It can be better to read less and try to think about, and understand, the issues more clearly - take time to make sure you really get the ideas rather than reading more and more which can increase your confusion.

Going beyond the reading list

  • Use the Library catalogue to find other books on that topic. Either click on the subject headings in the full record of the books you wanted; or make a note of their Call Numbers and check on the shelves for similar titles.
  • Look for relevant journal articles using the Summon search box on the Library homepage or using key resources listed on the guide for your subject.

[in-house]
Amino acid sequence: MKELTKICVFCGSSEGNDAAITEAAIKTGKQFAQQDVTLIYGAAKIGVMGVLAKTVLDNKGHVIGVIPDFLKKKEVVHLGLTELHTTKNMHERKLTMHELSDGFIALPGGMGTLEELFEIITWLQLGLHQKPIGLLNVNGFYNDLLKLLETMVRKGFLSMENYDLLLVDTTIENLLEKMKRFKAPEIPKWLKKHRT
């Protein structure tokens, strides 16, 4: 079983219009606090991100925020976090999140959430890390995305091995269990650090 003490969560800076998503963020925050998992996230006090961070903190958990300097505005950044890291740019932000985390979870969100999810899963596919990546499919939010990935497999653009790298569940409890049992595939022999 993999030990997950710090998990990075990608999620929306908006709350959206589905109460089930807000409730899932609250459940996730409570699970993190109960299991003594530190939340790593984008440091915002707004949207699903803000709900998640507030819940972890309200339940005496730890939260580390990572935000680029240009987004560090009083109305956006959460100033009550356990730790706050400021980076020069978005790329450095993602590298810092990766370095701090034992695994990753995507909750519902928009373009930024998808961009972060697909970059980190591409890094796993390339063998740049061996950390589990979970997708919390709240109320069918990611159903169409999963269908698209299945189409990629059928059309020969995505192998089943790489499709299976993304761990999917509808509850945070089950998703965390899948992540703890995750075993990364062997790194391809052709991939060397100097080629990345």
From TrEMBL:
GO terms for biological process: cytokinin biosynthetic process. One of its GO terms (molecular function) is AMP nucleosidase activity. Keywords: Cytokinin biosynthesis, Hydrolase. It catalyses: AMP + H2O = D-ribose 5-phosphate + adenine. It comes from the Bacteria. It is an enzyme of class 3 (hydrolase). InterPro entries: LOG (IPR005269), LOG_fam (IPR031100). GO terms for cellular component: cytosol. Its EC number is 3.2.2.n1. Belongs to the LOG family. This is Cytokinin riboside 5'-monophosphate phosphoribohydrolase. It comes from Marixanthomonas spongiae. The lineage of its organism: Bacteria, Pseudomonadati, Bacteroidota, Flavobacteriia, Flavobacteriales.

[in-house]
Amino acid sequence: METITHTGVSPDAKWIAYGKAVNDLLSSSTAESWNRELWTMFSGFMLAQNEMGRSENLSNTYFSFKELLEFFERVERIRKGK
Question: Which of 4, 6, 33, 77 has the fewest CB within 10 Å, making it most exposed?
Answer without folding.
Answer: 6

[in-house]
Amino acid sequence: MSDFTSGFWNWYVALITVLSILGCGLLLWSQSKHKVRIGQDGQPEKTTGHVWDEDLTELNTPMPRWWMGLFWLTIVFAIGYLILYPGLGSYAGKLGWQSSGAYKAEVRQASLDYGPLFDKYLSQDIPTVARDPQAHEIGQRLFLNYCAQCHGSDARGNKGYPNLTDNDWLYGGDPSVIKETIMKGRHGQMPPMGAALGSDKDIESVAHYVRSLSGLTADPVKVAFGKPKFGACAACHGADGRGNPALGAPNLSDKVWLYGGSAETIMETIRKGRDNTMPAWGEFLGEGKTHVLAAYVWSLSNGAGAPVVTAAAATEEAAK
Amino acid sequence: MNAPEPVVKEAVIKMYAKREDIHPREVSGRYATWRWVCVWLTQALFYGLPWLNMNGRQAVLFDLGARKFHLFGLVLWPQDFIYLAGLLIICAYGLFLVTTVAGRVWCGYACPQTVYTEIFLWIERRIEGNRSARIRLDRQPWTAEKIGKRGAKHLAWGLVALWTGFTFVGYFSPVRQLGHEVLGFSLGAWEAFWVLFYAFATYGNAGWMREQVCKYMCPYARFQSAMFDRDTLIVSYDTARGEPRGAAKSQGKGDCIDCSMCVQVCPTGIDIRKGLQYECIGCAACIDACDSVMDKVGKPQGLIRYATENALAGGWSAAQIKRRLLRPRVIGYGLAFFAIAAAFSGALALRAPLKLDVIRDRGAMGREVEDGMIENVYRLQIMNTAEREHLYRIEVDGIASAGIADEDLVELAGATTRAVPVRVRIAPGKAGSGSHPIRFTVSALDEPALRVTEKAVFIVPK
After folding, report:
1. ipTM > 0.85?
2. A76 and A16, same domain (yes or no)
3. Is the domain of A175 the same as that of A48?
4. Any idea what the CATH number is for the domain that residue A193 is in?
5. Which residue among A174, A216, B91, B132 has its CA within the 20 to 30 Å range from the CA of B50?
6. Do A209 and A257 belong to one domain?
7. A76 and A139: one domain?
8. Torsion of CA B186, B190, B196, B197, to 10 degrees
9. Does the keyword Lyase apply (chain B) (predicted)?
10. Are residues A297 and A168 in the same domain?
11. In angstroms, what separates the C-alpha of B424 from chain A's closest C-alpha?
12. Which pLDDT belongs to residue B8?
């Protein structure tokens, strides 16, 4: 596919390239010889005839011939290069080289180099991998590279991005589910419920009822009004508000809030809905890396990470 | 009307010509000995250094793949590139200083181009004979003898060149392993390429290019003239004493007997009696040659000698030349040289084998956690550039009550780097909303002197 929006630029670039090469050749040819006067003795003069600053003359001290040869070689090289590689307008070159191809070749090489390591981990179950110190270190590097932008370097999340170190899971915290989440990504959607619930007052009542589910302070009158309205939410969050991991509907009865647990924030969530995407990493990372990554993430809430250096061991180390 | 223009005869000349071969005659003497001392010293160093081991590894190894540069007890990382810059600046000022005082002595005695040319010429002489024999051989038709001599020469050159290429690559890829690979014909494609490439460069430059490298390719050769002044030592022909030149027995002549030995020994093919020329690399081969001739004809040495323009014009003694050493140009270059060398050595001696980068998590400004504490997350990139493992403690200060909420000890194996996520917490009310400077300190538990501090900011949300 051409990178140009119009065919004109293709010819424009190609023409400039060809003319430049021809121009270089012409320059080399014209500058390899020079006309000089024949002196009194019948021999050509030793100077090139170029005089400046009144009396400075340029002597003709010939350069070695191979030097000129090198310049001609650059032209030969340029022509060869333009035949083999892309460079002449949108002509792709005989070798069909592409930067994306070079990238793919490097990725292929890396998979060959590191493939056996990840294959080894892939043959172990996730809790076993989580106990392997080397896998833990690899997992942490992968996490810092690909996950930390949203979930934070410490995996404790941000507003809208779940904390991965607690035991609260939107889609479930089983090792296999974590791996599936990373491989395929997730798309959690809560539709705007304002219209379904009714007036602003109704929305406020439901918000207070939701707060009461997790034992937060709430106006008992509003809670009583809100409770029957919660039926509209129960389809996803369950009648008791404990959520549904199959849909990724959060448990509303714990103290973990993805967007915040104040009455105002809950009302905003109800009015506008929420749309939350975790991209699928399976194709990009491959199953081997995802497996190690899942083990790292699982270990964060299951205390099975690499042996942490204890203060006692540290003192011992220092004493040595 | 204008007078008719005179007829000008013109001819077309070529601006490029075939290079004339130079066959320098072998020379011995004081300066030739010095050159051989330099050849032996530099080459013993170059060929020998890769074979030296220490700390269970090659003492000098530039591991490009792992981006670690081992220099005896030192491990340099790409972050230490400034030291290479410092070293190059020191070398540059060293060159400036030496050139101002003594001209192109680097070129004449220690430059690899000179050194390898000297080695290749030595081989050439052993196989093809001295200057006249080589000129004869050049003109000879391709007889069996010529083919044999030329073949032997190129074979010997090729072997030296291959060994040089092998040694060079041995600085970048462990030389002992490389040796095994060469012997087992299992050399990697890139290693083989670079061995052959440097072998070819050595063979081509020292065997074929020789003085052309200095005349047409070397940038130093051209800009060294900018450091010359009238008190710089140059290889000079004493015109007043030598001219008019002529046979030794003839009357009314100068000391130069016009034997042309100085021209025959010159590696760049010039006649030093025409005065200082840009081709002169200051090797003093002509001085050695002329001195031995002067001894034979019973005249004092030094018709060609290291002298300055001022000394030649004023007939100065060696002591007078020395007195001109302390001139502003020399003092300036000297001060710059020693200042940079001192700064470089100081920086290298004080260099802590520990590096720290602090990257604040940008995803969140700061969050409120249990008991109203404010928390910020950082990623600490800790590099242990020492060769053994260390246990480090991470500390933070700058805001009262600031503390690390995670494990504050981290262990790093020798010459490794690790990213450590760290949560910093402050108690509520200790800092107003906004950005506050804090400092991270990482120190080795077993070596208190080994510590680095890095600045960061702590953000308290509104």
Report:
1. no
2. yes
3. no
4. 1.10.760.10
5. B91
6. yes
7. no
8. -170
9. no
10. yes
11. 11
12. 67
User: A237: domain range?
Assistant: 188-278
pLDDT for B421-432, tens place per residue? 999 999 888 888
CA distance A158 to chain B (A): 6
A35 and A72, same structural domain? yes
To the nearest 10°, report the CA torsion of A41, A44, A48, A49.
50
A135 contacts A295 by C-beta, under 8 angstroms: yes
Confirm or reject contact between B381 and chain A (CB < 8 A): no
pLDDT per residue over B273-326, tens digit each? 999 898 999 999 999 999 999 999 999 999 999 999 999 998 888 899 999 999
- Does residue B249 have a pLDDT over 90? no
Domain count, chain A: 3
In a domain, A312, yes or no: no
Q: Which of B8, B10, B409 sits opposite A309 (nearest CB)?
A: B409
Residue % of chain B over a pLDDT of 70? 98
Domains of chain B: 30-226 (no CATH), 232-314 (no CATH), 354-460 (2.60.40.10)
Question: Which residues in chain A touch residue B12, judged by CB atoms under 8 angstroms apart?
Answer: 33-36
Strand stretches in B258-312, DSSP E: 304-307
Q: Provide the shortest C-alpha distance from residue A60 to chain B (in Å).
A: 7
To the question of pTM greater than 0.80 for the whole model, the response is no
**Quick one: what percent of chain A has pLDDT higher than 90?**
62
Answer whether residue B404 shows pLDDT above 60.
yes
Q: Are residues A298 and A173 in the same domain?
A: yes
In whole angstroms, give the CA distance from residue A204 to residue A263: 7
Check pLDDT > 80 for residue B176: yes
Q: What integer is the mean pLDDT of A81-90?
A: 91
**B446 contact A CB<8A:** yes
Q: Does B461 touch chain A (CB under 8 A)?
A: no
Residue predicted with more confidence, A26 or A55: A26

• Use online resources BUT always evaluate them to see if they are appropriate for academic purposes. (For help with this, see the Library's guide to Evaluating websites.)  
  • Ask around to see if any of your fellow students has the books you need. You may be able to borrow them briefly to photocopy any material you need. But be careful to return it promptly - and if you lend a Library book taken out with your ticket to someone else, make sure they take it back on time, or your account will be blocked!
  • Don't forget to ask your friendly Academic Liaison Librarian for advice - they are happy to help you find relevant, academic sources for your assignments.

Active reading

Keep focused on your reading goals. One way to do this is to ask questions as you read and try to read actively and creatively. It is a good idea to think of your own subject related questions but the following may be generally useful

Collecting information

  • What do I want to know about?